Normal brain processing involves both excitatory and inhibitory processes. The role of inhibition in normal brain function is poorly understood. Inhibition and excitation are balanced in normal brain function, but following injury or disease, the balance is disrupted and excessive inhibition of weakened tissue can prevent recovery. This program of research aims to understand the mechanisms of inhibition at multiple cortical levels.
First, at the early stages of sensory processing, information is processed in small modules called columns. Columns interact competitively with one another, and in disease, one column may excessively inhibit other columns. We are developing means of measuring and manipulating inhibitory interactions. Second, at a slightly higher level, clusters of columns that together process one portion of our visual field interact competitively with other adjacent clusters. Third, at yet a level higher, feedback signals from other cortical areas modulate activity in the earlier areas. Brain injury disrupts the balance of excitation and inhibition in these interactions, resulting in excessive inhibition in inter-regional and inter-areal interactions which then impede recovery.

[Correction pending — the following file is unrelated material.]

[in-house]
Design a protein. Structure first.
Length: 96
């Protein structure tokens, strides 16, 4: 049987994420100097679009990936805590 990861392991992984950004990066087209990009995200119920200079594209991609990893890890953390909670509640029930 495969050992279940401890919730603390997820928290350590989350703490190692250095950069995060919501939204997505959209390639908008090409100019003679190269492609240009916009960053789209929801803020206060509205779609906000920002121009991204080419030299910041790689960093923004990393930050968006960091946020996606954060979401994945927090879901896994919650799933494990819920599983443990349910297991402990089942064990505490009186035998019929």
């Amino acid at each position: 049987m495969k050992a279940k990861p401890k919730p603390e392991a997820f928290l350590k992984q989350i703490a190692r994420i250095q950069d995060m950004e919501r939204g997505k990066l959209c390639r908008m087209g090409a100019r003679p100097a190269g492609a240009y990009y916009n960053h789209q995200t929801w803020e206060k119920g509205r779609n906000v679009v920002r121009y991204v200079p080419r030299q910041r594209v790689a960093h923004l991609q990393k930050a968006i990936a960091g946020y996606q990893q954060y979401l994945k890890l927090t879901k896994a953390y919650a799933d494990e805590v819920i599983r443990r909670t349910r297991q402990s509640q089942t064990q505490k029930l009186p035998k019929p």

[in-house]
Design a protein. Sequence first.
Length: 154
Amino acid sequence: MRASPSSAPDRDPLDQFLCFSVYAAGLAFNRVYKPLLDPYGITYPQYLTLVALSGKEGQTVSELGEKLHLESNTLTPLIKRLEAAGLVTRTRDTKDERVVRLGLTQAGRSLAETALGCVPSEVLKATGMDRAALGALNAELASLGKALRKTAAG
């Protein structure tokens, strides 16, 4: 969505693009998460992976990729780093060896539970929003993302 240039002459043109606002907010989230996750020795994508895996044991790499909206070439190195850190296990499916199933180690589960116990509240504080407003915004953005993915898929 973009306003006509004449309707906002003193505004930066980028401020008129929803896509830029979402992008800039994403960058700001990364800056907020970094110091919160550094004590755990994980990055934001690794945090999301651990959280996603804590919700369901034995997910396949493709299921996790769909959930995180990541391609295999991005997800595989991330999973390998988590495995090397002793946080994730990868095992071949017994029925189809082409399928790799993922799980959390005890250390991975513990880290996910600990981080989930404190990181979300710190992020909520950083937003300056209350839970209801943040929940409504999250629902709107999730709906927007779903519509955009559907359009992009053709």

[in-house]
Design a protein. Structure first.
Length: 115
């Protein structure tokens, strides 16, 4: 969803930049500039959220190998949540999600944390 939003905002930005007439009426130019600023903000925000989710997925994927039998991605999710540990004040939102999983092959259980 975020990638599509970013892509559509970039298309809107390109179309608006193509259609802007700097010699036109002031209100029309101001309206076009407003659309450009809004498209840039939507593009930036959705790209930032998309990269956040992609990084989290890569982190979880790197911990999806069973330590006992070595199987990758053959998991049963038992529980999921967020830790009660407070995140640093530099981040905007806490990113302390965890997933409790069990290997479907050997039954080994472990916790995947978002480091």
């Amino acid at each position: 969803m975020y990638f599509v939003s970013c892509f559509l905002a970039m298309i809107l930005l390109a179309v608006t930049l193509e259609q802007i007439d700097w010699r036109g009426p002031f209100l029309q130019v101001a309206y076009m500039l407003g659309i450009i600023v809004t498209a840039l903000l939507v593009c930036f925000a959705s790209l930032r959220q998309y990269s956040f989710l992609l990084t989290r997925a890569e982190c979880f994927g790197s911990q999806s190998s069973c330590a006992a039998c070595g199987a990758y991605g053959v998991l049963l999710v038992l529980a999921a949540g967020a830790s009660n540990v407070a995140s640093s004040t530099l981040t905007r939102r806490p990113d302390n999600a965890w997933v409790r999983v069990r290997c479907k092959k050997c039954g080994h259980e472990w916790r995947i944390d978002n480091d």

A second theme in this program of research is to understand the nature and extent of inhibitory interactions between regions and areas and the role they play in recovery of function. The results of this focused, integrated, and multidisciplinary program on the role of inhibition and the columnar, regional, and areal scale have fundamental implications for our understanding of cortical function, its disruption following injury and disease, and optimal methods of recovering lost function.